St. George Tucker’s arguments hinged on a modern view of natural right that builds on the premise that political power can only be legitimate if it rests on the consent of the governed. He believed that equally free and independent individuals constructed a voluntary union of equally free and independent states. His son Henry Tucker (1780–1848), and grandson, John Randolph Tucker (1823–1897) sought to defend this ideology of modern natural right against fellow professors, North and South, who tended to replace it with the ancient ideology of natural right: the view that wisdom gives one the title to command. Many southern intellectuals came to believe that individuals are not equally free and independent by nature; many northerners came to argue that the states had never been equally free and independent. These disagreements contributed to the outbreak of the Civil War.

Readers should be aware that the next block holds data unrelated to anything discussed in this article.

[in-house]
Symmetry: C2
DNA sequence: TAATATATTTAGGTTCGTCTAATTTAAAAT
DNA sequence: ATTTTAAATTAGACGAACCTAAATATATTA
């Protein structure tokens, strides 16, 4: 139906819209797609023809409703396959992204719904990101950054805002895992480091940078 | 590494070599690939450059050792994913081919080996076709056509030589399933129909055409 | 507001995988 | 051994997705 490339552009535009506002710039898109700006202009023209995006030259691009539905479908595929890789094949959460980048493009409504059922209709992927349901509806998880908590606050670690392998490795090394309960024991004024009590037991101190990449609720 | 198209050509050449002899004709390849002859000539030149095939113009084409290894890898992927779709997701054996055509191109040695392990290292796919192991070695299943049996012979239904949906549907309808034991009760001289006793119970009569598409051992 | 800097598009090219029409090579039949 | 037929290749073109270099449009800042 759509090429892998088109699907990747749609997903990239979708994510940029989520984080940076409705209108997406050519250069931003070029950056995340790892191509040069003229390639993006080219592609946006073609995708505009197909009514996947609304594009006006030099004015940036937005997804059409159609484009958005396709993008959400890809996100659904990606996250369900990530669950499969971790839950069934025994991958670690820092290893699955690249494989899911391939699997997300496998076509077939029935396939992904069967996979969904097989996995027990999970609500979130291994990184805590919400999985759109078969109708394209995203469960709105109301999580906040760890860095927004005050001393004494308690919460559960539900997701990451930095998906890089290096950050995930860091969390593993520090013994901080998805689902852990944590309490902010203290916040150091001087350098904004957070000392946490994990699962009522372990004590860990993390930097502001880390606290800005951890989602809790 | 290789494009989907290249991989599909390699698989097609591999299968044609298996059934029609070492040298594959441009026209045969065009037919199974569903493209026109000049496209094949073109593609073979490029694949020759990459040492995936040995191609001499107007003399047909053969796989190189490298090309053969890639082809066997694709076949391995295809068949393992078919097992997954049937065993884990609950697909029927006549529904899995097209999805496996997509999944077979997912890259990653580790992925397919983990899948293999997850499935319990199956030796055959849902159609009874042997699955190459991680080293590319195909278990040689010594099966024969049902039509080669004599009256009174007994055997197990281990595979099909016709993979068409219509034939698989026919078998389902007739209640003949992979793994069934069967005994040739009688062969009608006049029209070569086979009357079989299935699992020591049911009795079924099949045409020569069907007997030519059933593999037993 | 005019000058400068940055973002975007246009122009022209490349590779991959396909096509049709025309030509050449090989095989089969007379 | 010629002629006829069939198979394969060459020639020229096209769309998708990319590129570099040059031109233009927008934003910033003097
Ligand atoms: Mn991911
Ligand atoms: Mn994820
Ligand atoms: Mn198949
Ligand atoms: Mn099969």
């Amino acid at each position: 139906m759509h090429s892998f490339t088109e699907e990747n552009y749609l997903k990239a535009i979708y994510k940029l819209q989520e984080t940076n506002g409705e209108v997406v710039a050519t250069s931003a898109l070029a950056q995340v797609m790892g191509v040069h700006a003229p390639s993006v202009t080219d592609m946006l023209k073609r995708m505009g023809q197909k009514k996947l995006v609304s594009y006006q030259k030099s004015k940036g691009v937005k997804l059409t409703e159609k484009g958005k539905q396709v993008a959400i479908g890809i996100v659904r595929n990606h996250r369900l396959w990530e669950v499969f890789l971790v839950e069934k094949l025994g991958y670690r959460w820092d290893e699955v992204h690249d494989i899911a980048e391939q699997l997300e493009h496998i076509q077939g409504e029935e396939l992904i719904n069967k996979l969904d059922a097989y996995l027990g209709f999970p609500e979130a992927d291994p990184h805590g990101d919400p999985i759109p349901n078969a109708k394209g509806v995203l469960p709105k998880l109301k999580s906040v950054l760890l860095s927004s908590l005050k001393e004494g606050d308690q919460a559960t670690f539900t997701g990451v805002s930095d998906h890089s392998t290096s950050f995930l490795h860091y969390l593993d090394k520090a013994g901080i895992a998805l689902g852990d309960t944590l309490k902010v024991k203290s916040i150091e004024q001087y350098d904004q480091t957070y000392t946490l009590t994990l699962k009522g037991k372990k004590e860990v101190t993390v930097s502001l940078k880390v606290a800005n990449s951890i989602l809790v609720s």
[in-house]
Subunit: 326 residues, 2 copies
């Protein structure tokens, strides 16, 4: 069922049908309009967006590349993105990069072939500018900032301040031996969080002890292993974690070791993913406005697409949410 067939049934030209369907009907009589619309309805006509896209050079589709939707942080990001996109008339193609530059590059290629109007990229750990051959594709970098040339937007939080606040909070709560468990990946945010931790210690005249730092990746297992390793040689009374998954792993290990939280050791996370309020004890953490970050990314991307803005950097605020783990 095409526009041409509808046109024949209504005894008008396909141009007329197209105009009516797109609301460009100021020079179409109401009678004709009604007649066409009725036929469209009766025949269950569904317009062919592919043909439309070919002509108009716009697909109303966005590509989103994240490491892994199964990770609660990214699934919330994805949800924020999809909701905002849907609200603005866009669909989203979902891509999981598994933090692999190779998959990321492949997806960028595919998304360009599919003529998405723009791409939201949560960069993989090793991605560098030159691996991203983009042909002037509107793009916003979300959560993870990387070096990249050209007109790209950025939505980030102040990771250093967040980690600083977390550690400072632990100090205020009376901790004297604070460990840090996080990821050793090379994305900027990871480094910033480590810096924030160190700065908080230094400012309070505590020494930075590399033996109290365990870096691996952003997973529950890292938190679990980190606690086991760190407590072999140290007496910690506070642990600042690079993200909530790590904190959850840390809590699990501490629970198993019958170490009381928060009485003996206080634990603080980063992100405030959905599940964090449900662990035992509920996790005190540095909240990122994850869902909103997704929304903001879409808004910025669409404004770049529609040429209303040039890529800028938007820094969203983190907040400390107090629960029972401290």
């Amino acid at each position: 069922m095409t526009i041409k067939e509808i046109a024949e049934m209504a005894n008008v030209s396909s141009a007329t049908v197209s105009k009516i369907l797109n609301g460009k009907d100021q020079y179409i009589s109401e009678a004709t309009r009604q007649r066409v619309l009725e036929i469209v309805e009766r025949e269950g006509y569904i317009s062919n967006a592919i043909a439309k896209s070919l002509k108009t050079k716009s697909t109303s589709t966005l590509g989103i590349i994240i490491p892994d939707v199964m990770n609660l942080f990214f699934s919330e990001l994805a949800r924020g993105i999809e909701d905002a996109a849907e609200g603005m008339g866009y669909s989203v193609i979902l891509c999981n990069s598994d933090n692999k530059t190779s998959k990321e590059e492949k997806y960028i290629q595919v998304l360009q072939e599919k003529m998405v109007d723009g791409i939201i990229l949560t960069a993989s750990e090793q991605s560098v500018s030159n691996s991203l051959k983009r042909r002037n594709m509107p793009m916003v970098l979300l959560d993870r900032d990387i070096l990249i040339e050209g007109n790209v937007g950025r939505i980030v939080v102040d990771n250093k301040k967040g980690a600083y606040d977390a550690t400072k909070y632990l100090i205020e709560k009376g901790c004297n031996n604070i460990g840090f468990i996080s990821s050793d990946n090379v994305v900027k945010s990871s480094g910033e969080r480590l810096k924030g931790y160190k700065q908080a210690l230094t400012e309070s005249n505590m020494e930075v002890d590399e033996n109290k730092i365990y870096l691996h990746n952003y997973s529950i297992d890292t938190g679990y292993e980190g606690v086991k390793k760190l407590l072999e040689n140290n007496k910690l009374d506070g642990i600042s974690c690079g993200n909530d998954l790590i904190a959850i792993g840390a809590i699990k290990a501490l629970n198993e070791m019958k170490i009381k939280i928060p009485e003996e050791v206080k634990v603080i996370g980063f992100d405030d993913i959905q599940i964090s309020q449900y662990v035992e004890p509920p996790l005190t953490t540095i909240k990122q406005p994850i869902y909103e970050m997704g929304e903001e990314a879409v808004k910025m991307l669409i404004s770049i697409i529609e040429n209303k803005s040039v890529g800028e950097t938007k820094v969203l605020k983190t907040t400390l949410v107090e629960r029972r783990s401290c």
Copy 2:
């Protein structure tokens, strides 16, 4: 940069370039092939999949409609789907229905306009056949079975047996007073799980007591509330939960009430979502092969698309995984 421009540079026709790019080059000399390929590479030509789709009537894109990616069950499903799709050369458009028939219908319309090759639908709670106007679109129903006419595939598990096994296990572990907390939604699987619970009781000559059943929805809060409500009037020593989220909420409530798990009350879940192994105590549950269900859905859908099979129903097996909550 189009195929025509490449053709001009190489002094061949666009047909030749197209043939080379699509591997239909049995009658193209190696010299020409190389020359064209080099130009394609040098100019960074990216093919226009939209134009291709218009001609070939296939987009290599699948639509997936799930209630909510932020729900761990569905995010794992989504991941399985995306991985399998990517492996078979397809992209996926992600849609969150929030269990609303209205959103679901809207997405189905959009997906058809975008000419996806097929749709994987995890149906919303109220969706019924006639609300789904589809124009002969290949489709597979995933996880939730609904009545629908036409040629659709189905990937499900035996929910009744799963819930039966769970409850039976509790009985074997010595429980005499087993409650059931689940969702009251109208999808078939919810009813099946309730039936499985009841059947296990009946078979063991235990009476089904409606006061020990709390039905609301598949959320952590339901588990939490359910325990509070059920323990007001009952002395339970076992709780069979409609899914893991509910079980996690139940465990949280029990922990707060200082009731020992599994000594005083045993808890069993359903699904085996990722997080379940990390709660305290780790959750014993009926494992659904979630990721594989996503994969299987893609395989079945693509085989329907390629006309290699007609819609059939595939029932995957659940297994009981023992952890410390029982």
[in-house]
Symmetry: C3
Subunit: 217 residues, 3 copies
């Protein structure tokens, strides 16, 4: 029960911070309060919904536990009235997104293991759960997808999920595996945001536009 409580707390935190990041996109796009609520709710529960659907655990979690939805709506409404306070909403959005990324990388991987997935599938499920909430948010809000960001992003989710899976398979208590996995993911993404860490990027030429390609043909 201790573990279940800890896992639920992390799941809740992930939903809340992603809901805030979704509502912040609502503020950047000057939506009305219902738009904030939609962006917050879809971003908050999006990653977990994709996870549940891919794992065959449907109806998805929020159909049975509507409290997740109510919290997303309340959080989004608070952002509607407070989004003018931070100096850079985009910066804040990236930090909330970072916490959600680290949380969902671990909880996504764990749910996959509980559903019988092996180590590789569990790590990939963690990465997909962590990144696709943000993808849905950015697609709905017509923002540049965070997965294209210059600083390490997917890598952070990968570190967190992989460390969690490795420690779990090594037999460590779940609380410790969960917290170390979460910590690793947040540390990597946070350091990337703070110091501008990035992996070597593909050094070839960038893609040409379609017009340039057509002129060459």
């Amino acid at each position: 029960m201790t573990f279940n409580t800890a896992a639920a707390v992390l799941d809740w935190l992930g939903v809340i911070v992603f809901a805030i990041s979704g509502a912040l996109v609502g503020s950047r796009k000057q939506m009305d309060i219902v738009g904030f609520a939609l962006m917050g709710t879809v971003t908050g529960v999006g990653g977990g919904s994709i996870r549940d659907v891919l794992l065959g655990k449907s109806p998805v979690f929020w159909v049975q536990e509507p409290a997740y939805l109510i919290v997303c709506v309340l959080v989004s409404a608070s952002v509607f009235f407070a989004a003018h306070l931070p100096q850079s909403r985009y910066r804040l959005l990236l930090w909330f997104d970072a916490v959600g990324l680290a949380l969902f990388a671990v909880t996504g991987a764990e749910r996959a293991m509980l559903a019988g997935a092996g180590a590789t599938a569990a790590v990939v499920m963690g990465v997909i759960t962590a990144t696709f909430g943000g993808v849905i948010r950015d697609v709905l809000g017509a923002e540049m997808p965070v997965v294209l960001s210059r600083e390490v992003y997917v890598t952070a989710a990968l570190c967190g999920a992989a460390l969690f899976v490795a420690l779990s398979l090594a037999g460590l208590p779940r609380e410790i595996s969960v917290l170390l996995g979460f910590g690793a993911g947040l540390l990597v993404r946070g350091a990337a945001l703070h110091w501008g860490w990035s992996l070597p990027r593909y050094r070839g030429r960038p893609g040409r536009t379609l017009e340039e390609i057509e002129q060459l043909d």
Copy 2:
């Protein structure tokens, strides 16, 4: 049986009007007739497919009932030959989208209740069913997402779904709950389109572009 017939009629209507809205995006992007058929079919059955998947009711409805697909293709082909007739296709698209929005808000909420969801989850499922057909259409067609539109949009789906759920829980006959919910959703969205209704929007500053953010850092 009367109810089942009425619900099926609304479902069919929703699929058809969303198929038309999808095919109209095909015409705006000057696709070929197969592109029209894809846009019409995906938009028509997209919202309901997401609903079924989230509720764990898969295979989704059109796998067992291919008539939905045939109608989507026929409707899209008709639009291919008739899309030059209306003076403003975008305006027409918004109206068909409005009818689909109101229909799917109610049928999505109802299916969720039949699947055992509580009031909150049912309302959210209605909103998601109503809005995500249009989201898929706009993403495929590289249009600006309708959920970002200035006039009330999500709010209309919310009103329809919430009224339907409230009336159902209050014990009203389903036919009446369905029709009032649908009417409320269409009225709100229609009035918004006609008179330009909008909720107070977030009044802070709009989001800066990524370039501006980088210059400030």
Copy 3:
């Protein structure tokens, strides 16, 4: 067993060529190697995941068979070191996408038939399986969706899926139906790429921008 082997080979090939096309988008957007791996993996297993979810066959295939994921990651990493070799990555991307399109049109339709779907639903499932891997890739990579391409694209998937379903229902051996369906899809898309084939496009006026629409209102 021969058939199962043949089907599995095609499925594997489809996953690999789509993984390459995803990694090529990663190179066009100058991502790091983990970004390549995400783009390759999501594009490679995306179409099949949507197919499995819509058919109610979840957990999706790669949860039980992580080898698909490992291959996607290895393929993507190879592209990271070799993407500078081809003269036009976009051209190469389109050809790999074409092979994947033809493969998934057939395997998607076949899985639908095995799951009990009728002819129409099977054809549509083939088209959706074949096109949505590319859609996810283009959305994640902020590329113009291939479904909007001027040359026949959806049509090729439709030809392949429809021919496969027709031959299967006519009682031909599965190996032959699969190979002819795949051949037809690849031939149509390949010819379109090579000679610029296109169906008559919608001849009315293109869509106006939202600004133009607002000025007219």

And a blurb (cribbed from the book's amazon page):
“In The Legacy of St. George Tucker, Chad Vanderford provides a cogent longitudinal explication of how Virginia intellectuals constructed and defined proslavery ideology and state rights. He reminds twenty-first-century readers that in order to judge late-eighteenth-and early-nineteenth-century thinkers fairly, they must position basic political ideas within the context of their day, not ours. Vanderford’s book will prove valuable not only for students and researchers of political theory, but also of southern intellectual life and the political worlds of the Colonial, Early National, and Old South.”
--John David Smith